Statistics is a mathematical science pertaining to the collection, analysis, interpretation and presentation of data.
- Essentially, all models are wrong, but some are useful.
- There are three kinds of lies: lies, damned lies, and statistics.
- Attributed to Benjamin Disraeli by Mark Twain in "Chapters from My Autobiography — XX", North American Review No. DCXVIII (JULY 5, 1907) . His attribution is unverified and the origin is uncertain: see Lies, damned lies, and statistics and Leonard H. Courtney. Other authors to whom the quote has been attributed, as reported in Respectfully Quoted: A Dictionary of Quotations (1989), include Henry Labouchère, Abram S. Hewitt, and Holloway H. Frost.
- The rise of biometry in this 20th century, like that of geometry in the 3rd century before Christ, seems to mark out one of the great ages or critical periods in the advance of the human understanding.
- A well-wrapped statistic is better than Hitler's "big lie"; it misleads, yet it cannot be pinned on you.
- Politicians use statistics like drunkards use lampposts: not for illumination, but for support.
- While it is easy to lie with statistics, it is even easier to lie without them.
- Attributed to Frederick Mosteller in Murray, Charles (2005). "How to Accuse the Other Guy of Lying with Statistics". Statistical Science 20 (3): 239-241. ISSN 0883-4237. Retrieved on 2011-08-22..
- Average a left-hander with a right-hander and what do you get?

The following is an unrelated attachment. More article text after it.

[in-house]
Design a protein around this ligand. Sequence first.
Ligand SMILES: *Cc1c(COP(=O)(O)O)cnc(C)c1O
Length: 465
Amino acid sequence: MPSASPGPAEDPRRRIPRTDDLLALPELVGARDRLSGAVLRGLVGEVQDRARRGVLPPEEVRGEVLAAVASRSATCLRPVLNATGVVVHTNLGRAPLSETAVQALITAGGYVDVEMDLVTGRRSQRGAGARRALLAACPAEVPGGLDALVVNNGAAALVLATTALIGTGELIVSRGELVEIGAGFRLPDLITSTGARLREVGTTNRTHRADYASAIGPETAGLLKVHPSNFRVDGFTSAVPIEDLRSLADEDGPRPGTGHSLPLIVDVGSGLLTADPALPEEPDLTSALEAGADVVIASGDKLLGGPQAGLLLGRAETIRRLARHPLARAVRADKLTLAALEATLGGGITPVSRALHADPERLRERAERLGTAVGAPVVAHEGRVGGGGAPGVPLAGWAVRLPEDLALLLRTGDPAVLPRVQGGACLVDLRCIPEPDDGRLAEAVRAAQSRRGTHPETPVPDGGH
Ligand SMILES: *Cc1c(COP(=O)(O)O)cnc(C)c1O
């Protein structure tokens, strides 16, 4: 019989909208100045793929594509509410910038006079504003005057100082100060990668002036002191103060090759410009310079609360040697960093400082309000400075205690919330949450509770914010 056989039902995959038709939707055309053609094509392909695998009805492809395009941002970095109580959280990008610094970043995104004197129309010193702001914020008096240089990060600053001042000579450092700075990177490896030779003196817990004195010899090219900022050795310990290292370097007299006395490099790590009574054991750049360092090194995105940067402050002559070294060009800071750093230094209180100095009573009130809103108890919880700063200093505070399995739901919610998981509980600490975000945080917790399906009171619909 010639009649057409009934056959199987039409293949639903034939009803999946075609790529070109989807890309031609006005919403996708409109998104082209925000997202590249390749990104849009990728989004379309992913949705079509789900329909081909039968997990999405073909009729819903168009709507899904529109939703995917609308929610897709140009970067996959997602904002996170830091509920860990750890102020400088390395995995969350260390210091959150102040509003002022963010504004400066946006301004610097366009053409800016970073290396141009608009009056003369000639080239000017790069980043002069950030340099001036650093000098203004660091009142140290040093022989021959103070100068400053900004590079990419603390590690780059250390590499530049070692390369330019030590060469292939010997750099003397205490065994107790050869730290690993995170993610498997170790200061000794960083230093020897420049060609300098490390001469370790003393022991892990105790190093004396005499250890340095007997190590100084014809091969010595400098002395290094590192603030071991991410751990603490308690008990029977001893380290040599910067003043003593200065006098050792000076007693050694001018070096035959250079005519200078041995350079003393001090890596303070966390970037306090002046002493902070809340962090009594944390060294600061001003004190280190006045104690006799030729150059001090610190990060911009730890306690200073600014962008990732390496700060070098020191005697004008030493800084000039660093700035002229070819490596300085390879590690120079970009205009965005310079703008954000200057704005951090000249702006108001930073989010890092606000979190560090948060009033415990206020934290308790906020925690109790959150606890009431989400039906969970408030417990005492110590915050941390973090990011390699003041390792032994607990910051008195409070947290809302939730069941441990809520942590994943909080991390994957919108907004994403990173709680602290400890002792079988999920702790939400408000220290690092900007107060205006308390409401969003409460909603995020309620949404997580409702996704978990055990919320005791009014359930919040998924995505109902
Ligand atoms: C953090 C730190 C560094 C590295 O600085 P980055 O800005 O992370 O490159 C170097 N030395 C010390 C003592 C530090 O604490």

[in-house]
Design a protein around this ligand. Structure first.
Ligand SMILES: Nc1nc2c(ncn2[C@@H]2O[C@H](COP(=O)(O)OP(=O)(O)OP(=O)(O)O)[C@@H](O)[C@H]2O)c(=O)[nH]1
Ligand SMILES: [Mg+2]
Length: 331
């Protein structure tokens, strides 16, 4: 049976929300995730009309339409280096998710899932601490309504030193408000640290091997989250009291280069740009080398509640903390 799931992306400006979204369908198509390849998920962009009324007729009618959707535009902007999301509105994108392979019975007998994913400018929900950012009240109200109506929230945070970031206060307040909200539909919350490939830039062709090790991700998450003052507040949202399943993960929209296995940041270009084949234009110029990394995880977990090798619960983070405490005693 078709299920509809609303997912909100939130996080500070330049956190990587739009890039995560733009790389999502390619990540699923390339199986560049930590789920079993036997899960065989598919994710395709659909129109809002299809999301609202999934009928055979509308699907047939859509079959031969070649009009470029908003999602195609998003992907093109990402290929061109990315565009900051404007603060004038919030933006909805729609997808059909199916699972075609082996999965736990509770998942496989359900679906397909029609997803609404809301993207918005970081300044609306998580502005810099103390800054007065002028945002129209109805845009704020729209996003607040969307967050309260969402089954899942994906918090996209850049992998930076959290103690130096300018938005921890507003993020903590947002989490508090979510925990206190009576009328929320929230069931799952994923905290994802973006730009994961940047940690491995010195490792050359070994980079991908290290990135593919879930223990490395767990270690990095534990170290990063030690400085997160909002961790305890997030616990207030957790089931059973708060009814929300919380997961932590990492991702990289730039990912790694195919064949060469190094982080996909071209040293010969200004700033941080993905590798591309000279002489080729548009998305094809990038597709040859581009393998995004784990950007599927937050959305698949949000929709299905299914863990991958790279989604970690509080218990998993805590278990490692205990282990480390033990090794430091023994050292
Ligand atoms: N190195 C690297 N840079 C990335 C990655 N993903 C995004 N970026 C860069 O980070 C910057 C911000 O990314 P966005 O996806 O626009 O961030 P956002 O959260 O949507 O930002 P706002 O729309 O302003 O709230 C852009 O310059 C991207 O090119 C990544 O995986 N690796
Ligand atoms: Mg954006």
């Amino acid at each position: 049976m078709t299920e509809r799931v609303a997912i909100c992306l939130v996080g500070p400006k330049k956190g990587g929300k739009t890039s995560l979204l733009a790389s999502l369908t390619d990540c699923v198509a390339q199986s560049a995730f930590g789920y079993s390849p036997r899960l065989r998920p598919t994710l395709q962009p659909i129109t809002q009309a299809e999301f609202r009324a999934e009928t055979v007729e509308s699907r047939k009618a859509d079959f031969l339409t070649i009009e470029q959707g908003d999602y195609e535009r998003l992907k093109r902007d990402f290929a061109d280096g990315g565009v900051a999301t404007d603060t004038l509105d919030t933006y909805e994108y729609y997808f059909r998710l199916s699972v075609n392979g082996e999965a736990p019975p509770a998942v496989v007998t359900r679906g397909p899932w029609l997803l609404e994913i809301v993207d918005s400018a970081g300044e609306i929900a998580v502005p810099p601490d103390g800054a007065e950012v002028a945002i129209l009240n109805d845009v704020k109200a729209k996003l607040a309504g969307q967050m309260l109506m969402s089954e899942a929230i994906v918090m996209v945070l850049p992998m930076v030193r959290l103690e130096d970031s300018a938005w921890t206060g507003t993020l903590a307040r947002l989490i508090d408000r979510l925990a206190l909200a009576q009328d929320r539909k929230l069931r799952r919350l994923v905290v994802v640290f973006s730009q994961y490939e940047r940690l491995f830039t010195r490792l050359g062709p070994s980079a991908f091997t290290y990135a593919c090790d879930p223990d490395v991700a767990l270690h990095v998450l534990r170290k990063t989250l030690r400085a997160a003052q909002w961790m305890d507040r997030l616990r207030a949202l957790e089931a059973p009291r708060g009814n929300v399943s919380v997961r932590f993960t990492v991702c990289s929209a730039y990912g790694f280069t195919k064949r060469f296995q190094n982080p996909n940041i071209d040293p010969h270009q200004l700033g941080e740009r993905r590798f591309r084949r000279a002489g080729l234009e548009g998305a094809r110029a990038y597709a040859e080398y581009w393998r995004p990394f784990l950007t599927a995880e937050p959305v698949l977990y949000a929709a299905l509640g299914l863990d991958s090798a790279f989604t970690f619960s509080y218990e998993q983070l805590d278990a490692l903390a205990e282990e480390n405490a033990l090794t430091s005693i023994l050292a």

- Donald Norman, The Design of Everyday Things (1988), Ch. 6, p. 162
- To understand God's thoughts we must study statistics, for these are the measure of his purpose.
- The true foundation of theology is to ascertain the character of God. It is by the art of statistics that law in the social sphere can be ascertained and codified, and certain aspects of the character of God thereby revealed. The study of statistics is thus a religious service.
- Attributed to Florence Nightingale by F.N. David in Games, Gods, and Gambling: A History of Probability and Statistical Ideas, 1962, page 103.
- Numbers and stats bob in a sentimental slop, a swampy slurry of bits of hard data and buckets of mushy manipulation.
- Laura Penny, More Money Than Brains, p. 28
- The individual source of the statistics may easily be the weakest link. Harold Cox tells a story of his life as a young man in India. He quoted some statistics to a Judge, an Englishman, and a very good fellow. His friend said, Cox, when you are a bit older, you will not quote Indian statistics with that assurance. The Government are very keen on amassing statistics—they collect them, add them, raise them to the nth power, take the cube root and prepare wonderful diagrams. But what you must never forget is that every one of those figures comes in the first instance from the chowty dar [chowkidar] (village watchman), who just puts down what he damn pleases.
- Thomasina: If there is an equation for a curve like a bell, there must be an equation for one like a bluebell, and if a bluebell, why not a rose? Do we believe nature is written in numbers?
Septimus: We do.
Thomasina: Then why do your shapes describe only the shapes of manufacture?
Septimus: I do not know.
Thomasina: Armed thus, God could only make a cabinet.
- Tom Stoppard, Arcadia (1993)
- There are two kinds of statistics, the kind you look up and the kind you make up.